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Police officer pushed from room at Llanelli pub after attempts to ensure compliance with Covid rules

A POLICE officer who was helping to ensure licensed premises complied with Covid rules was asked repeatedly to leave a pub in Llanelli by one of its tenants because there was an important pool match going on.

A Carmarthenshire Council licensing sub-committee was told that the tenant, Nigel Brain, then pushed PC Brian Merrigan out of the room and also pushed a female council officer who the constable was accompanying.

On another occasion a police car parked in the car park of the pub in question, the South Star, had a window smashed in.

The Brynallt Terrace pub has been the subject of many complaints, prompting Dyfed-Powys Police to request a review of its licence.

The licensing sub-committee heard evidence about the issues, including responses from the venue’s owners and those in charge on a day-to-day basis, before deciding to impose several conditions on the licence.

Reading from his written submission, police licensing officer David Bizby said PC Merrigan and the council officer undertook a routine visit of the South Star on the evening of September 11 this year.

Mr Bizby said PC Merrigan was talking to some customers while a pool match was under way when Mr Brain approached and asked him to leave.

The officer thought he was joking, said Mr Bizby, but Mr Brain kept repeating it.

Mr Brain, according to Mr Bizby, said: “Can you leave my pub there’s a match going on and there’s money at stake.”

PC Merrigan tried unsuccessfully to reason with Mr Brain, who raised his arms and tried to usher him out through the door.

Mr Bizby said the officer confirmed there was physical contact and that he was pushed out of the room.

Mr Bizby said the pub’s other joint tenant, Lisa Davies, who had been talking to the council officer, came to apologise on behalf of Mr Brain.

Mr Bizby said that, according to the council officer, Mr Brain was “very irate” and used his arm to push her out as well.

He said PC Merrigan and the council employee, not willing to escalate the situation, told Ms Davies they would leave the pub but report the incident to the council’s licensing department.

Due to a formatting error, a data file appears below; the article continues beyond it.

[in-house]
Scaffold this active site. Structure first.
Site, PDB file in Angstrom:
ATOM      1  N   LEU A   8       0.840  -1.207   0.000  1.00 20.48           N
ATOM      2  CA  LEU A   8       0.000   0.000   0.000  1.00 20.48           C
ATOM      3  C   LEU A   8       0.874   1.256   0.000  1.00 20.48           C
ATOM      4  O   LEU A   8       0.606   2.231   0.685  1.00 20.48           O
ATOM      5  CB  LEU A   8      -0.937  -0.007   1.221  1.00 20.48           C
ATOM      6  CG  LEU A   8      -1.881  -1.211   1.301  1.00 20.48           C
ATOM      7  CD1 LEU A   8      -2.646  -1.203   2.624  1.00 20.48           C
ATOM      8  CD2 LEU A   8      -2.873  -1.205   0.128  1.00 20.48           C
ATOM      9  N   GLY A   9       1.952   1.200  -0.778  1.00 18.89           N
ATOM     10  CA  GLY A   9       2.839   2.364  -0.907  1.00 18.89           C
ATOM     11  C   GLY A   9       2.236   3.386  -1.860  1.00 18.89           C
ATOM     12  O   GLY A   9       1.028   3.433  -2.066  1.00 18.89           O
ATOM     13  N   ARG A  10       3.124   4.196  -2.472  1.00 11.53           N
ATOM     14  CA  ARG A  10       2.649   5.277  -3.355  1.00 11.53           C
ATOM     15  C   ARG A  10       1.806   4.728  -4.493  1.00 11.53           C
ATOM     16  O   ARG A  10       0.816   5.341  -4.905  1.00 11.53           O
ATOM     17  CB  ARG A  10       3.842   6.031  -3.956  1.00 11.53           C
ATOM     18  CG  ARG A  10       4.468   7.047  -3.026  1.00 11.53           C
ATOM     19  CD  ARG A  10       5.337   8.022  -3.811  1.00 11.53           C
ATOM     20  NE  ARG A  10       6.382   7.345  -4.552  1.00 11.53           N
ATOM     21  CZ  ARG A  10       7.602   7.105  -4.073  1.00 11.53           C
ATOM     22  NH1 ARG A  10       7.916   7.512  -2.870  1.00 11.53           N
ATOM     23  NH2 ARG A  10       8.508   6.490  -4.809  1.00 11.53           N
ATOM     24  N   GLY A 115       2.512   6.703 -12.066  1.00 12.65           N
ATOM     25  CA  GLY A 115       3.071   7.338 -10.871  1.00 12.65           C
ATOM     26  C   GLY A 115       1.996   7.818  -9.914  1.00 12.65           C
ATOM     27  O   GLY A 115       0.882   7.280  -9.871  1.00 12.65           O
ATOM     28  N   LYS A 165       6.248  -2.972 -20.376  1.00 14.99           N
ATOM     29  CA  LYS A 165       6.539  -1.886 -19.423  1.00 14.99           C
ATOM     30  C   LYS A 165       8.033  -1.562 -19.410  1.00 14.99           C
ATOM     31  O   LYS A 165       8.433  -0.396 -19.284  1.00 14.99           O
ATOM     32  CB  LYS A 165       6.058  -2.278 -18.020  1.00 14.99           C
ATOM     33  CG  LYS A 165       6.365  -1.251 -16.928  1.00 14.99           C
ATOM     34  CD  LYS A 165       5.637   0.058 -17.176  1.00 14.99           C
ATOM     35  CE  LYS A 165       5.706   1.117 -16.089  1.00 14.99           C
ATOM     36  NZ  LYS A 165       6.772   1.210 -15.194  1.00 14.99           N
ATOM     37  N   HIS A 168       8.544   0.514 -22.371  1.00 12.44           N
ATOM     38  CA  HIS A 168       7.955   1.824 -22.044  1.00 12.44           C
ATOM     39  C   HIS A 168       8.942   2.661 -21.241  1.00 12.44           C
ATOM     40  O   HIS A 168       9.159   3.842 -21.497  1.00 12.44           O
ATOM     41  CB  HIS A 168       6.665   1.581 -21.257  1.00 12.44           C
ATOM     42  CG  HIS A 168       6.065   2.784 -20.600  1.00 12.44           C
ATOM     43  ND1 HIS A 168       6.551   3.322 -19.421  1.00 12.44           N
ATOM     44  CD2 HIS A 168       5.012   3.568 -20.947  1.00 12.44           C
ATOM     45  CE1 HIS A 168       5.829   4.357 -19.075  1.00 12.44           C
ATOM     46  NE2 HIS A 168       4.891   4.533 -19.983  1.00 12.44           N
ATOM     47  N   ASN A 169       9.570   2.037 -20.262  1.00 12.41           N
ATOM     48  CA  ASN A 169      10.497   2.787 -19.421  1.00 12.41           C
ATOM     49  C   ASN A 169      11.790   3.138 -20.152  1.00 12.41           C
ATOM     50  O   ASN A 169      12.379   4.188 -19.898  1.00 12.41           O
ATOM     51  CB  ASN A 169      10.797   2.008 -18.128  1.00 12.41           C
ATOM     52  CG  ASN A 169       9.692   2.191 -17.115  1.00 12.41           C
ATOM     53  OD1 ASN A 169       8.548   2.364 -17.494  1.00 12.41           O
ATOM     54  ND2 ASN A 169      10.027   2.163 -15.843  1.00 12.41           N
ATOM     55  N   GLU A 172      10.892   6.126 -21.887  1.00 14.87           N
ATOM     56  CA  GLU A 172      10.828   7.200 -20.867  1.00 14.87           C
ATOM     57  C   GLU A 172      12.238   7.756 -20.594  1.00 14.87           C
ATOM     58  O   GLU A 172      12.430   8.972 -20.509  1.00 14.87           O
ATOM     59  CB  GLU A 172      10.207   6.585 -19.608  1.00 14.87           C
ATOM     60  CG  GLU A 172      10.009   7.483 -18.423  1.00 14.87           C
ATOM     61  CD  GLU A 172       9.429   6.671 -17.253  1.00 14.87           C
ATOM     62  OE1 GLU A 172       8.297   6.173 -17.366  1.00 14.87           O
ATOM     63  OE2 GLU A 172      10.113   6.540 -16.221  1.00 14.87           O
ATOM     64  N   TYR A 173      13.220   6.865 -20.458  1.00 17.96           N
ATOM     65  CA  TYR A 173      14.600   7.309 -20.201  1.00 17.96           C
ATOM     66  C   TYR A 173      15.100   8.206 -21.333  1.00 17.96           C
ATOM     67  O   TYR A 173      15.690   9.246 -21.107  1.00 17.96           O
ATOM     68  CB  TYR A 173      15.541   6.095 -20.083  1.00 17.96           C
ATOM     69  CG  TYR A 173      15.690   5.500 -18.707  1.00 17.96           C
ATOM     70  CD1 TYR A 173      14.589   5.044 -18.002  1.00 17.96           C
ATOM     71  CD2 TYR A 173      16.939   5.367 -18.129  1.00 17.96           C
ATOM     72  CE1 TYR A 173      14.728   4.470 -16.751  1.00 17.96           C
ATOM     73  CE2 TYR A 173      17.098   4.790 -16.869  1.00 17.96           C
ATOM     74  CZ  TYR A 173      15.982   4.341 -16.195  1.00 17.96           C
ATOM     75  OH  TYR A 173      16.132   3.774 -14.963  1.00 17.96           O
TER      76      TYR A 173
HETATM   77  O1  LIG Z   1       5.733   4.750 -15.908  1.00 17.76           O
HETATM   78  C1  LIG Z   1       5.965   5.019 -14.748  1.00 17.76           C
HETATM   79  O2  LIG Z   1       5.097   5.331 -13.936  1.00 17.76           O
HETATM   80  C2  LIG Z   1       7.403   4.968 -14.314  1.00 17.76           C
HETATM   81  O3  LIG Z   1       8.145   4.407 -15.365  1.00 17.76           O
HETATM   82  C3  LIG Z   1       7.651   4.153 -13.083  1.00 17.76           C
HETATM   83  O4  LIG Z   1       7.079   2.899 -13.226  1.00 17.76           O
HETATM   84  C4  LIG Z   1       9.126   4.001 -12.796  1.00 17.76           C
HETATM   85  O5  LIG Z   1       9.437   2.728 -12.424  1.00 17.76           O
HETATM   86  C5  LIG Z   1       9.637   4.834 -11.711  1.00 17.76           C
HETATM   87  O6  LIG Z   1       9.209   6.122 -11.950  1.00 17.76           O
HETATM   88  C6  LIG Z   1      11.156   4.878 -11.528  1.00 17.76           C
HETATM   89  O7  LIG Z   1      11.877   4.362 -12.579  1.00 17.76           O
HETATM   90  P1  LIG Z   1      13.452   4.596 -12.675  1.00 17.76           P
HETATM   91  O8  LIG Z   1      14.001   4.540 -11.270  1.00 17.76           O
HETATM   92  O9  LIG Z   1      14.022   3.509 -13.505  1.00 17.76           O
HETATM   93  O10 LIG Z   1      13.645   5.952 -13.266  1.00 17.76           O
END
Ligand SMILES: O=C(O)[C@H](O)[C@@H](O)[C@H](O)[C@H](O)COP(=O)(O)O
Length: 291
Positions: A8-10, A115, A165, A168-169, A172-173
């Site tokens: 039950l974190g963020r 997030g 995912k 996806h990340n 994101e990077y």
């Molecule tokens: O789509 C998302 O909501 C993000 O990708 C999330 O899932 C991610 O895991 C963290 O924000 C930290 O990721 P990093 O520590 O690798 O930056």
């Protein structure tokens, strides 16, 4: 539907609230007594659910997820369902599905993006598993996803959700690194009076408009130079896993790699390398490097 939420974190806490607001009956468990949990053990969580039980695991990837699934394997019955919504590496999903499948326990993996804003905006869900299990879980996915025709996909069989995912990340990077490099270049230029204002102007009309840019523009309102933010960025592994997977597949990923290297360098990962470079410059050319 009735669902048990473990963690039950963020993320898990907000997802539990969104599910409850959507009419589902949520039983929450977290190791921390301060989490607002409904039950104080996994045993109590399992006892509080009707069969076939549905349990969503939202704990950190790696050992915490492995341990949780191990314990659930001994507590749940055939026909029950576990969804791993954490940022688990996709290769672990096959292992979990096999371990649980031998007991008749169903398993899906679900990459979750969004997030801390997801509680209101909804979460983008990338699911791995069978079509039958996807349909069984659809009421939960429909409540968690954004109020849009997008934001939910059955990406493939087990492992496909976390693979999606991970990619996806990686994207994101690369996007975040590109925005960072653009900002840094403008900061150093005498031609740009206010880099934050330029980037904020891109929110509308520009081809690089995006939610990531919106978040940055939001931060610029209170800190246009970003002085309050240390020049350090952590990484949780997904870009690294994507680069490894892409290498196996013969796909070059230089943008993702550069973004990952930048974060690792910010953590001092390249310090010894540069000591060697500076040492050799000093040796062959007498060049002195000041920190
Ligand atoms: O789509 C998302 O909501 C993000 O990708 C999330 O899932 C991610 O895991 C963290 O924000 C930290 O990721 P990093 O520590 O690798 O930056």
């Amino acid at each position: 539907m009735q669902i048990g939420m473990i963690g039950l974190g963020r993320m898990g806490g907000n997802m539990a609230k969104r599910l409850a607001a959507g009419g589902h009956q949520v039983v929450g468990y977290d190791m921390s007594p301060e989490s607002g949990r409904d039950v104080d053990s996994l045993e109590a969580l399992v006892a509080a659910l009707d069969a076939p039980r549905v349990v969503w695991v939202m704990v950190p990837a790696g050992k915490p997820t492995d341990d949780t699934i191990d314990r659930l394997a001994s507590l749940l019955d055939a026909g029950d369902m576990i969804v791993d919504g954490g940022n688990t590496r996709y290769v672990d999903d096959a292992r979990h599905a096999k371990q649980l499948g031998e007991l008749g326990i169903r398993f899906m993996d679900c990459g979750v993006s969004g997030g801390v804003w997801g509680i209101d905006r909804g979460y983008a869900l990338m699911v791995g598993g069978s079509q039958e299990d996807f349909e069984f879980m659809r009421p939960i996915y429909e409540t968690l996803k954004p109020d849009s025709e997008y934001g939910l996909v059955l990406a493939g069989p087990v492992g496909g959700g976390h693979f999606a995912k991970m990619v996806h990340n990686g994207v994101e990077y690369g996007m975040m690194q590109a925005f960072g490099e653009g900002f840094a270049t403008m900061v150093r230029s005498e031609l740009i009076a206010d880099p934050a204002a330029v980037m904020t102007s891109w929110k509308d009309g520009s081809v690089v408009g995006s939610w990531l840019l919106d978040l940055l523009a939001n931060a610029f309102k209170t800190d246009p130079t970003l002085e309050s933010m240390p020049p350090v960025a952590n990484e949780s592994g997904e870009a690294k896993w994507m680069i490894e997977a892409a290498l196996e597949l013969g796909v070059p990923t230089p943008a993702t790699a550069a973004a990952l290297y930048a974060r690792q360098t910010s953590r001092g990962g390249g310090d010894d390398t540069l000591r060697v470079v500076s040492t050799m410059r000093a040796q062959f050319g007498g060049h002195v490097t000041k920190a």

A police sergeant then visited the pub twice to obtain CCTV footage, saying he was investigating an alleged assault. He was told cameras didn’t cover the internal area in question.

Mr Bizby said Mr Brain apologised to the sergeant for his “over the top” behaviour and that he would say sorry to PC Merrigan next time he saw him.

Mr Brain did not attend the remote hearing, but Ms Davies and the pub’s designated premises supervisor, Nigel Morgan, did.

Ms Davies said PC Merrigan had been standing right next to the pool table, where “a very important match was being played”, and that he had refused to go to a different room to talk when asked by Mr Brain.

“This is where Nigel then became a bit rude and he did ask him to leave,” she said.

The licensing sub-committee also heard that on May 2 this year there were five phone calls to police about the South Star, including reports of a large number of people fighting outside.

A noise was heard when a police officer attended the pub in response, and it was discovered that a building block had been thrown through his driver’s window while he was inside the venue. No-one has been apprehended.

The meeting was told there had been calls to police and the council about the pub on other occasions, including alleged non-compliance with Covid rules.

The council issued the South Star with a temporary closure notice in September 2020 due to a cluster of cases in the area and non-compliance with Covid rules. The notice was terminated five days later, but further non-compliance was identified during two routine inspections in the following weeks.

Ms Davies said a lot of the complaints about the pub related to customers drinking outside, and that this was was very difficult to manage.

“We tried our hardest,” she said.

She and designated premises supervisor Mr Morgan said they felt the pub had been treated unfairly about the Covid notice and made an example of.

Mr Morgan claimed someone who knew he had Covid visited several pubs in the area, including the South Star, and that on being made aware of the issue the South Star closed voluntarily for a deep clean.

The licensing sub-committee heard that meetings were arranged between the authorities and the pub’s tenants and its owners – a company called Maxico UK Ltd – and that several improvements had been made.

They were also told Mr Brain has stepped back from his role and that Mr Morgan, who has another job, was involved in its running more than previously.

After asking questions and then retiring to take legal advice, the sub-committee agreed to impose 13 conditions.

A representative of Maxico UK said he was happy with the conditions and that he would like to apologise to the authorities for the pool match incident.

“We will make sure such incidents don’t take place again,” he said.

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